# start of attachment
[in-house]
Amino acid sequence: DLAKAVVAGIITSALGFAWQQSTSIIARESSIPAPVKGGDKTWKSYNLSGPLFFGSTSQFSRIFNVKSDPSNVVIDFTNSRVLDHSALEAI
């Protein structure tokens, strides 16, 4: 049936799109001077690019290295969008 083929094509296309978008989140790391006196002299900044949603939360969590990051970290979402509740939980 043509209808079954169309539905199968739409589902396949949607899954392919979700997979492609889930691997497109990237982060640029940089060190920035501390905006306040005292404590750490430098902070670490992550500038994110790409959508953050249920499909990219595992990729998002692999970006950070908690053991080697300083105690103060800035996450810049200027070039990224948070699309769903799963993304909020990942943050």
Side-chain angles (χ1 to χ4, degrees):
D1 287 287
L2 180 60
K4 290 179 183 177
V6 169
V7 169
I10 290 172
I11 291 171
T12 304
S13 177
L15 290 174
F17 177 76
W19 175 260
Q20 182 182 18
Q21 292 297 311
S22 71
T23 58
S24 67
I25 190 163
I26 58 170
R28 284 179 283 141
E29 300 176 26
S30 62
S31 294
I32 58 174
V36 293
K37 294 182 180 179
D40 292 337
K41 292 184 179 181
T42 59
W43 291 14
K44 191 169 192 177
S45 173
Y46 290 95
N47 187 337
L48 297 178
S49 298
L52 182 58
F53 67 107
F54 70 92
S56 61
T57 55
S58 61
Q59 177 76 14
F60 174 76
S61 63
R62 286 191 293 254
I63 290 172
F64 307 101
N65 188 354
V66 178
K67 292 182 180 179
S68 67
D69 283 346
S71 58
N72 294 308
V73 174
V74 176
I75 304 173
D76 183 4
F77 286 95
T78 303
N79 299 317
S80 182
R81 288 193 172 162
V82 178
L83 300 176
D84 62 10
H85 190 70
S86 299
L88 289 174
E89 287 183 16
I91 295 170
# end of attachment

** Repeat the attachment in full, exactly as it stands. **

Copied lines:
[in-house]
Amino acid sequence: DLAKAVVAGIITSALGFAWQQSTSIIARESSIPAPVKGGDKTWKSYNLSGPLFFGSTSQFSRIFNVKSDPSNVVIDFTNSRVLDHSALEAI
């Protein structure tokens, strides 16, 4: 049936799109001077690019290295969008 083929094509296309978008989140790391006196002299900044949603939360969590990051970290979402509740939980 043509209808079954169309539905199968739409589902396949949607899954392919979700997979492609889930691997497109990237982060640029940089060190920035501390905006306040005292404590750490430098902070670490992550500038994110790409959508953050249920499909990219595992990729998002692999970006950070908690053991080697300083105690103060800035996450810049200027070039990224948070699309769903799963993304909020990942943050």
Side-chain angles (χ1 to χ4, degrees):
D1 287 287
L2 180 60
K4 290 179 183 177
V6 169
V7 169
I10 290 172
I11 291 171
T12 304
S13 177
L15 290 174
F17 177 76
W19 175 260
Q20 182 182 18
Q21 292 297 311
S22 71
T23 58
S24 67
I25 190 163
I26 58 170
R28 284 179 283 141
E29 300 176 26
S30 62
S31 294
I32 58 174
V36 293
K37 294 182 180 179
D40 292 337
K41 292 184 179 181
T42 59
W43 291 14
K44 191 169 192 177
S45 173
Y46 290 95
N47 187 337
L48 297 178
S49 298
L52 182 58
F53 67 107
F54 70 92
S56 61
T57 55
S58 61
Q59 177 76 14
F60 174 76
S61 63
R62 286 191 293 254
I63 290 172
F64 307 101
N65 188 354
V66 178
K67 292 182 180 179
S68 67
D69 283 346
S71 58
N72 294 308
V73 174
V74 176
I75 304 173
D76 183 4
F77 286 95
T78 303
N79 299 317
S80 182
R81 288 193 172 162
V82 178
L83 300 176
D84 62 10
H85 190 70
S86 299
L88 289 174
E89 287 183 16
I91 295 170